|Elizabeth S. Morrow Mayfield
Levinah Ellen Stewart was born on March 30, 1910, in a little house in New Castle, Pennsylvania, the oldest daughter of Olive May Badger and Joseph Sylvester Stewart, a mill worker. When Levinah was six, both of her parents died and she and her younger brother and sister were sent to various family households for upbringing. Life was hard for Levinah. She lived on a farm with relations who never quite saw her as one of their own. She worked long and hard for her keep. Her tales of making six pies before starting off to school, tearfully standing on a stool to wash mounds of dishes for farm hands and family, wearing black stockings so that coal dust couldn't be seen on them, suffering the indignities of being sprayed by a skunk and struggling through snow, passing threatening dogs and sinister country neighbors on long walks to and from school remind us of an era before packaged foods, dishwashers, washing machines, and kids with cars.
When her inheritance was used to pay medical expenses for her sixteen-year-old brother, Clair, who died after an injury, Levinah had to leave Slippery Rock State Teacher's College after two years and begin teaching in New Castle. She was the first in her class to get a job and she taught basic and supplementary reading, geography, and nature study for seven years. Then, one of her dreams came true. She married her high school sweetheart, Seth Cook Morrow, and went with him to Gettysburg, Pennsylvania, where he was a Presbyterian minister at the first of the six churches he served. The others were in Pottsville, Pennsylvania; Cumberland, Maryland; Orange, New Jersey; Lansing, Michigan; and Delray Beach, Florida.
Seth Cook Morrow had a distinguished ministerial career, but it was not his career alone. It was a "their career" situation, for Levinah put so much of herself into her husband's work and life that there could never have been doubt that she was as much a part of his ministry as he was. It is this dedication of her life to making her husband a success that I honor her in the Plaza of Heroines.
Levinah Ellen Stewart Morrow is my mother, my dearest friend, my confidant, my support, and my strength. As a wife, she gave all these things to her husband, as well.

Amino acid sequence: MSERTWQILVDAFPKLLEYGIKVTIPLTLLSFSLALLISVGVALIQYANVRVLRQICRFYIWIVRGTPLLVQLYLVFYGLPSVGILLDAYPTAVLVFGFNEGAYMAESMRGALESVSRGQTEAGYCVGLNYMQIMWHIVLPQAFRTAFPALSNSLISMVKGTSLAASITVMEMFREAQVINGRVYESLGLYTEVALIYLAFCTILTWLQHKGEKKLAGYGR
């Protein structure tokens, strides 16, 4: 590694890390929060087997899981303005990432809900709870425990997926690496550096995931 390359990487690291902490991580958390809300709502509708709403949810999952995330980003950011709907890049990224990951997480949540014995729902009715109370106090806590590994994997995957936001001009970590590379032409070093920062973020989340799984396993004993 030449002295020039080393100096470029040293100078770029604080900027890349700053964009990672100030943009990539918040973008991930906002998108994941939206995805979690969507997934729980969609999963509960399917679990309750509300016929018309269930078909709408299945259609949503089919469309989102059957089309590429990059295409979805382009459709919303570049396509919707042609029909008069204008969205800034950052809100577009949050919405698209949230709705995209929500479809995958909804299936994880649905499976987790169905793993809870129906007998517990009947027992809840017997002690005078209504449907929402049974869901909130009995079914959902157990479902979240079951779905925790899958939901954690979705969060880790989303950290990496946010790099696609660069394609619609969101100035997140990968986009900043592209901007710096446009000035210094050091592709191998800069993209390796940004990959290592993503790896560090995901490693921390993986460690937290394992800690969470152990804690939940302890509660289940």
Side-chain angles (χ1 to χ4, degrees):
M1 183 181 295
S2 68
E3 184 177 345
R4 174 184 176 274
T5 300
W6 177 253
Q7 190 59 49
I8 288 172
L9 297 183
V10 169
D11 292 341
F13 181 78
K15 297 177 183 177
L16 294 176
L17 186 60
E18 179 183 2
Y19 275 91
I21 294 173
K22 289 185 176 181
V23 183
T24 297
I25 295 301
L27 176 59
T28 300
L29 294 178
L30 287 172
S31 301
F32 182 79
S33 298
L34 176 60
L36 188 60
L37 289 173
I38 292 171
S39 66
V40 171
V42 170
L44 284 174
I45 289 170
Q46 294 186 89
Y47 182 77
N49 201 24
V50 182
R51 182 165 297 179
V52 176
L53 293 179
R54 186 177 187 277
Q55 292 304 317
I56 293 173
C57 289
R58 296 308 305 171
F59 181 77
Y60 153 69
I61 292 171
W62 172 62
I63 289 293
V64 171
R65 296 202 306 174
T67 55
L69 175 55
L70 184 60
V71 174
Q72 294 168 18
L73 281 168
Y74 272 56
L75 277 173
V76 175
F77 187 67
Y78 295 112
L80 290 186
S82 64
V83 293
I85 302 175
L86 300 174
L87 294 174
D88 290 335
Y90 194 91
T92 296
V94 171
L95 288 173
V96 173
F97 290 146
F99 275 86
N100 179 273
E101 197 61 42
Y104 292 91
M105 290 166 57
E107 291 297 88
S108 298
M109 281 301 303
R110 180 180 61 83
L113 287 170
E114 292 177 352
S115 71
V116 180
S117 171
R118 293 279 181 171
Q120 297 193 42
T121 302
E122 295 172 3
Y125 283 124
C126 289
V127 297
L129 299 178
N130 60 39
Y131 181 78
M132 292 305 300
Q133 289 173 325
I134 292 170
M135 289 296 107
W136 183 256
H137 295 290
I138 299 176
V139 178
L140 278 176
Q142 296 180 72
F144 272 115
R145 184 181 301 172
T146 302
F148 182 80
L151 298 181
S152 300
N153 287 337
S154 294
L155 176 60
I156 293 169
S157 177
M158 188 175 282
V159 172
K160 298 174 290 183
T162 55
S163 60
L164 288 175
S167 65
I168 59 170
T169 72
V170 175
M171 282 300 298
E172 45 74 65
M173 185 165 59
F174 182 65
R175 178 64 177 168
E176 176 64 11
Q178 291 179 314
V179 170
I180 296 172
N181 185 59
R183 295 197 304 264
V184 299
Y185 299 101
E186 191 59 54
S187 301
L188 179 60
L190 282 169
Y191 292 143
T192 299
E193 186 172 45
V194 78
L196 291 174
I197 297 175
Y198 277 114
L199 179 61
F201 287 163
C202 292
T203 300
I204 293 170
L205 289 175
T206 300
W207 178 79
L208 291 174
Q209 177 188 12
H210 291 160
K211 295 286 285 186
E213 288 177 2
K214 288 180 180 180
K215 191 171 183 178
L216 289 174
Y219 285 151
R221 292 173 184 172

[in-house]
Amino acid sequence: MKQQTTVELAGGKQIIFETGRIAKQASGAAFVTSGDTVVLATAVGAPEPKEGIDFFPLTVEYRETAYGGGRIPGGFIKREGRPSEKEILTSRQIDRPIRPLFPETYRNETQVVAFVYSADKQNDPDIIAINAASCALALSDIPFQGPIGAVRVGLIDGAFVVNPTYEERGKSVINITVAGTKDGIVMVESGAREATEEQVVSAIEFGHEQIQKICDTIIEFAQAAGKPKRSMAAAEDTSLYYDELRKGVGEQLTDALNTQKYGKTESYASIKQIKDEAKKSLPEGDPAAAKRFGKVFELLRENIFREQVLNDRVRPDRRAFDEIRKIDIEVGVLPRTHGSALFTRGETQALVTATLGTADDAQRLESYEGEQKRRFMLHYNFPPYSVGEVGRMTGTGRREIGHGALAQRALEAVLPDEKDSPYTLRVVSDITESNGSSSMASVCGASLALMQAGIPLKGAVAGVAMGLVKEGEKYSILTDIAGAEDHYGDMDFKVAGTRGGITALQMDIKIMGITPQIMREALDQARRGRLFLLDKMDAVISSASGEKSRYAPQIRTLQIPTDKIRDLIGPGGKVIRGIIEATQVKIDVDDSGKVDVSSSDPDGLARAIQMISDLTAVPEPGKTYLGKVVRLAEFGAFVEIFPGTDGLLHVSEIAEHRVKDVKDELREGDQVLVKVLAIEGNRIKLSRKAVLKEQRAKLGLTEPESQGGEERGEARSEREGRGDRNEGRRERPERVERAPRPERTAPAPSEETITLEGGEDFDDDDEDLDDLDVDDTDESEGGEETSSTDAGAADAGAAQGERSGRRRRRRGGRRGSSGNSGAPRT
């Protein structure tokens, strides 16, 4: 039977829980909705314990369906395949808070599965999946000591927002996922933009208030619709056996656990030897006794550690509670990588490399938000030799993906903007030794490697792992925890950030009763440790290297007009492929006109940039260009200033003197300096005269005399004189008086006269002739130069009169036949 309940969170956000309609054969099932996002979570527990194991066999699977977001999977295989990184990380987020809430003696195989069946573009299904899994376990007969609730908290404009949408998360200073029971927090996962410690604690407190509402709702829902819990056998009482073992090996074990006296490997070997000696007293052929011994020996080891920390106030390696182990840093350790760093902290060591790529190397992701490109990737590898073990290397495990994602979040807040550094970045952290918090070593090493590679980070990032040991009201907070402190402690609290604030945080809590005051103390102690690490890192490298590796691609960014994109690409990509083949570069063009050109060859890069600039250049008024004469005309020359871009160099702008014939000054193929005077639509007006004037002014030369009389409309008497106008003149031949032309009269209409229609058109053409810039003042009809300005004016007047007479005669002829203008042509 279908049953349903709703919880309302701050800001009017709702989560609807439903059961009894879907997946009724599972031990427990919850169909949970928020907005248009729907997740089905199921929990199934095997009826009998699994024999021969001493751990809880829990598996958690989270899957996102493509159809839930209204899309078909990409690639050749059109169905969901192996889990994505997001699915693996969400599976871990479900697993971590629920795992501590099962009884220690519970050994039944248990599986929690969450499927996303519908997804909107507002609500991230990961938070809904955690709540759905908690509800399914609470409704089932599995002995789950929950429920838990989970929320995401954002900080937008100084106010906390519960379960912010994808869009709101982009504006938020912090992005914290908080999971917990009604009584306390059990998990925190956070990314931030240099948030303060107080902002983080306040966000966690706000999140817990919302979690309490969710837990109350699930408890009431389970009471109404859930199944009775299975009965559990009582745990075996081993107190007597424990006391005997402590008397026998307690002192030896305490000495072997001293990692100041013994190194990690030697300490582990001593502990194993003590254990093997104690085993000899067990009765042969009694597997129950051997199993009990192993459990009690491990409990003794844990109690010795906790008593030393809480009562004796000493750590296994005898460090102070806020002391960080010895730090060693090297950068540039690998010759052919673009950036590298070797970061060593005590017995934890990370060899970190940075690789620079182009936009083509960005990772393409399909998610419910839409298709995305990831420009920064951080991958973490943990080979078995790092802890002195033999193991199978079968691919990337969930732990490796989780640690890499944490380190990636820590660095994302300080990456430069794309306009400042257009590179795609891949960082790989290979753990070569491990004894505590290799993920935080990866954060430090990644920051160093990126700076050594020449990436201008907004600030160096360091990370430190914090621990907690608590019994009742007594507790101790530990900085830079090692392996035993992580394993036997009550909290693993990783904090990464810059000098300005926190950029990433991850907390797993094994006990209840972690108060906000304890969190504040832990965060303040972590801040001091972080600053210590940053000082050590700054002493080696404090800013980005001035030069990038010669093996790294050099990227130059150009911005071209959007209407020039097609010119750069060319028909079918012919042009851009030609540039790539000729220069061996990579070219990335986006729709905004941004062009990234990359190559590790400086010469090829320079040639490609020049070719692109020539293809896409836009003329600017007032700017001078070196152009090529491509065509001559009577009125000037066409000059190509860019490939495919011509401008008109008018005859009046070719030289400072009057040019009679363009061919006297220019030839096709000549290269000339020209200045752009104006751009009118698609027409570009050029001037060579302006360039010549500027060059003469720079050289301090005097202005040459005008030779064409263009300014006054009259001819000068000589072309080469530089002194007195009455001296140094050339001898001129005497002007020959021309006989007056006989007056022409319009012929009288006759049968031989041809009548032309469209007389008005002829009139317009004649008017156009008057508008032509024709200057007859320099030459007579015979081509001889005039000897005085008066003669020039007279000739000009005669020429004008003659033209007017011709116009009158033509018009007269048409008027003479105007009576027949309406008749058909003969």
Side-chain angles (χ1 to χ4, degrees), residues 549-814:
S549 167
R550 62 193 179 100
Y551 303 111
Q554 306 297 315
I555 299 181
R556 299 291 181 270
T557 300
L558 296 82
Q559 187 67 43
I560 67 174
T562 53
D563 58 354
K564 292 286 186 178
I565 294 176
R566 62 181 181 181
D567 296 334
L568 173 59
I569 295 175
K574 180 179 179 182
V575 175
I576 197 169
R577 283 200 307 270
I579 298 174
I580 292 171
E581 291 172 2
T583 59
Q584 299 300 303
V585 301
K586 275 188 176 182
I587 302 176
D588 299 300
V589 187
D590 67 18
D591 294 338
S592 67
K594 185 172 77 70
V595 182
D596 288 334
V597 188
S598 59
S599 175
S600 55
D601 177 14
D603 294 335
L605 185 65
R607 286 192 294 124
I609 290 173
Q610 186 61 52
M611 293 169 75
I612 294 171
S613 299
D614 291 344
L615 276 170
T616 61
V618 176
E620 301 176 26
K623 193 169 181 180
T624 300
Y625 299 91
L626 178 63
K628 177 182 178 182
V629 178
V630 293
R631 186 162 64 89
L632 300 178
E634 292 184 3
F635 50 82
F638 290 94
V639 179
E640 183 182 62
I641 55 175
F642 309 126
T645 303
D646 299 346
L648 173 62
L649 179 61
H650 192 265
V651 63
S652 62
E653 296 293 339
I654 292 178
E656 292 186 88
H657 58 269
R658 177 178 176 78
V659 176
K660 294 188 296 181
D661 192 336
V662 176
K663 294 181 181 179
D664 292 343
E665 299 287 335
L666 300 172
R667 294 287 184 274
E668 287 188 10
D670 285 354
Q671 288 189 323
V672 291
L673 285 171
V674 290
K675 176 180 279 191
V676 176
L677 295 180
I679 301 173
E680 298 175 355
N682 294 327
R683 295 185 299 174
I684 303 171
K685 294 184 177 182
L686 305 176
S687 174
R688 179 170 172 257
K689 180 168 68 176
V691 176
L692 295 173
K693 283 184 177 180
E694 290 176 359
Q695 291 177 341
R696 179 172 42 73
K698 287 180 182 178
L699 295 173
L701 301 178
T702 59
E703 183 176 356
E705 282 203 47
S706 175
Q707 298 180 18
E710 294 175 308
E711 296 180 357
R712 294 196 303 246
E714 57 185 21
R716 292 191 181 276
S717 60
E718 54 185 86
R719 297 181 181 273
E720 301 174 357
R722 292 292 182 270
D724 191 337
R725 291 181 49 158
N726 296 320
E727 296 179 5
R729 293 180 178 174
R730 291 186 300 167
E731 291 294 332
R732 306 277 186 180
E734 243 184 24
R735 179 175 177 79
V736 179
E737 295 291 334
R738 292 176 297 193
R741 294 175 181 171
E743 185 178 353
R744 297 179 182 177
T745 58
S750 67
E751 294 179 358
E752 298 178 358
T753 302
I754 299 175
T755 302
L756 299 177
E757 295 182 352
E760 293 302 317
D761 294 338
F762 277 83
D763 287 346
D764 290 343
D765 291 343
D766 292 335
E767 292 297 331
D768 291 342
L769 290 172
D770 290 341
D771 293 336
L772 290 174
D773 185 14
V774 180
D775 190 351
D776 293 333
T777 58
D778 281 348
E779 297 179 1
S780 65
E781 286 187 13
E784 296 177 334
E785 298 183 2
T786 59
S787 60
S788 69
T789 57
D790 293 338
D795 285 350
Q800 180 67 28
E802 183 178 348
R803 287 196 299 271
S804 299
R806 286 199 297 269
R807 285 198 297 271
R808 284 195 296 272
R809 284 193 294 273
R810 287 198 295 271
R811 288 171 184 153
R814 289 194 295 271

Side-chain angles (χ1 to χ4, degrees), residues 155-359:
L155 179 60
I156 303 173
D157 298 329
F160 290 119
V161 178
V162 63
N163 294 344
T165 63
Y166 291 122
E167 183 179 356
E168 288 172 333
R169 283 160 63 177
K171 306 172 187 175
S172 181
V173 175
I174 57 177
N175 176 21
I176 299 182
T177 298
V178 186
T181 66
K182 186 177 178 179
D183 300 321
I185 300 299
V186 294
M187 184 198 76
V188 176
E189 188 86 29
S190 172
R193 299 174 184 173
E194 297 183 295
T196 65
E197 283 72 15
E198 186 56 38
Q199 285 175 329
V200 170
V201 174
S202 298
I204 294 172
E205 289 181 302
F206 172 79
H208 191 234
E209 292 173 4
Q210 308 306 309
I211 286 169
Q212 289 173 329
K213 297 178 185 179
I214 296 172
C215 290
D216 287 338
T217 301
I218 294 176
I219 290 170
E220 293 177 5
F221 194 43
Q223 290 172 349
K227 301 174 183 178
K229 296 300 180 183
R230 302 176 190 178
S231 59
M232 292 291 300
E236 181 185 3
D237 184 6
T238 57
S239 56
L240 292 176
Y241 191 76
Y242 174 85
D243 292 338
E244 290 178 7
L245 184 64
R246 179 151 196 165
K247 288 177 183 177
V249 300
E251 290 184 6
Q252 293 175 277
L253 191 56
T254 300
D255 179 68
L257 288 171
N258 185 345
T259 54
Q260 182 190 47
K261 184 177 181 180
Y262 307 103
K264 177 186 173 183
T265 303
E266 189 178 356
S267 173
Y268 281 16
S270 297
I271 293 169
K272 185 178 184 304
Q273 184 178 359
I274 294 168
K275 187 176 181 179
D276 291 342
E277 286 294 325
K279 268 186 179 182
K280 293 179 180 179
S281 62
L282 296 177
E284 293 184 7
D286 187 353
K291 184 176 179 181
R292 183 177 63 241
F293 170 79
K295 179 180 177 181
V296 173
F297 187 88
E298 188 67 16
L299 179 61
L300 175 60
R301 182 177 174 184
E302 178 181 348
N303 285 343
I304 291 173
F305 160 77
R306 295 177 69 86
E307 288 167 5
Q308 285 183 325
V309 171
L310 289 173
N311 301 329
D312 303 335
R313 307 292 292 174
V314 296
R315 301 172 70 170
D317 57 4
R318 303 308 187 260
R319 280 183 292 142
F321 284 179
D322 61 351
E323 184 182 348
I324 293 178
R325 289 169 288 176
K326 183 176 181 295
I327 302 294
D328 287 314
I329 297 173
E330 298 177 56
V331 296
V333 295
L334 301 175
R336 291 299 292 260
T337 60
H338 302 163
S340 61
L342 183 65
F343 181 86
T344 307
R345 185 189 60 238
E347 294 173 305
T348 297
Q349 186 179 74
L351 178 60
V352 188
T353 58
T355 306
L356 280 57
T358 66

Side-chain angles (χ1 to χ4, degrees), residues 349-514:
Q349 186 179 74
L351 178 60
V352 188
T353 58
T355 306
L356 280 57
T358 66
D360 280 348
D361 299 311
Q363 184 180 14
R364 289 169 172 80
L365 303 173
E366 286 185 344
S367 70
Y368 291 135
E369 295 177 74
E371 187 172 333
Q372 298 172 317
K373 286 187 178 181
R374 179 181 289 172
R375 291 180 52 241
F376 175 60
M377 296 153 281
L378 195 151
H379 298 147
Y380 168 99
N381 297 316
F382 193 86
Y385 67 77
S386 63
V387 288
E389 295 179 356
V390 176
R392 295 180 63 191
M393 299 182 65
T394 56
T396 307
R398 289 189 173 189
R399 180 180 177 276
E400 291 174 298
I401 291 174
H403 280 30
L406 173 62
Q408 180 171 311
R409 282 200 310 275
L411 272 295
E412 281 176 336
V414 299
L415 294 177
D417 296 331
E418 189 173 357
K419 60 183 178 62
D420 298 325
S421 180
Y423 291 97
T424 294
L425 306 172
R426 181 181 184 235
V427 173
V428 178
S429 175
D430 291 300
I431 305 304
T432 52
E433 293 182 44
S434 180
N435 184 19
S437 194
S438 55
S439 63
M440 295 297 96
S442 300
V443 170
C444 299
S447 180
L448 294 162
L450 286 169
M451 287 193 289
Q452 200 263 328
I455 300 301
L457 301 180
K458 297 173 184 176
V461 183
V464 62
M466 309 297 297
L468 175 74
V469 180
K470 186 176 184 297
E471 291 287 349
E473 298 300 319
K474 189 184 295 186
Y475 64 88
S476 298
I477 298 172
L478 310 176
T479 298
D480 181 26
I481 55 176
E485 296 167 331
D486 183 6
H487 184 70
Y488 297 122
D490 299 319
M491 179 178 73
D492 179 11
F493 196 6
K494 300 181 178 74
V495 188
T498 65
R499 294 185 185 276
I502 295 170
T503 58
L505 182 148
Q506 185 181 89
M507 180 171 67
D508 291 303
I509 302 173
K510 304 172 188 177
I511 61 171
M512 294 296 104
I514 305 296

In every church that my father served, my mother stood with him at the back door on every single Sunday, shaking hands, her bright laugh and smile and warmth giving comfort and love to the people coming out the door. As my father aged, she was by his side reminding him of each person's name and connection. It may not sound exceptional, but those moments at the back door of the church were elegant instances of a woman devoting her life to someone she loved.
Mother was never chairperson of a committee at any church, never taking the glory from someone else. But, she did attend whatever there was for her to support. She did everything from baking as many mounds of cookies as those piles of dishes she did as a child to creating harmony and camaraderie at craft meetings that led to church bazaars and fund raisers. She gave endless dinner parties for countless couples clubs and young singles groups and teenager get-togethers and missionary show-and-tell assemblies. And all through these endeavors, she kept a good spirit and she knew everyone's name and, sometimes, when she looked so tired, she only sat down for a moment before thinking of something else that needed done for her husband, her family, or the church.
Then, there was keeping the peace at home. My father had a pattern that led up to Sunday sermons climaxing on Saturday when he roamed the house getting ready for the next day's "performance." He was pretty good. But she was magnificent. She'd take my brother and me by the hand and off we'd go to have lunch at The Little House, to window shop because we really couldn't afford to buy, to chat with a neighbor and to give my father the peace and quiet he needed to prepare. Every single week she did this for him. She gave him the house to himself.
In his later years, when my brother and I were gone, she was his pre-Sunday critic, reading and helping edit old sermons, playing audience and devil’s advocate helping him stay alert to the mission he and she had devised for themselves.
He built a great church, he preached brilliantly in high places, he raised a great deal of money, he was a genuine pastor and friend to people in every level of society, and she was there giving him her power to make him all he could be.
In the 1980s, my father developed Alzheimer’s disease. She saw him rattle apart, forgetting, stumbling, running away, desperate not to see what he knew was happening. It grew worse. He retired gracefully with my mother at his side and began the lonely path to oblivion that is the end result of the disease. She got high blood pressure, arthritis, sadness. It was not a victorious old age. But no one could have stayed on in the line of duty more than she. She didn't take trips; she didn't run away from the rankness and ugliness of the nursing home; she fought to see that he was taken care of and she fed him dinner every night no matter what until he died holding her hand.
My mother never earned a cent for all the work she did for the churches my father served. The only monetary reward she got was the “wedding money” people paid my father that he, in turn, gave to her. This she used to give things to my brother and me.
My mother is a happy person in 1994. She misses my father and wishes my brother and I didn’t live so far away, but she can live with her memories because she has no regrets. Hers is a life of surviving, loving, giving, enriching and being. There is no one richer than my mother; there is no one more loved; there is no one more at home with herself that the heroine of my life, Levinah Ellen Stewart Marrow.
Submitted on 3/6/94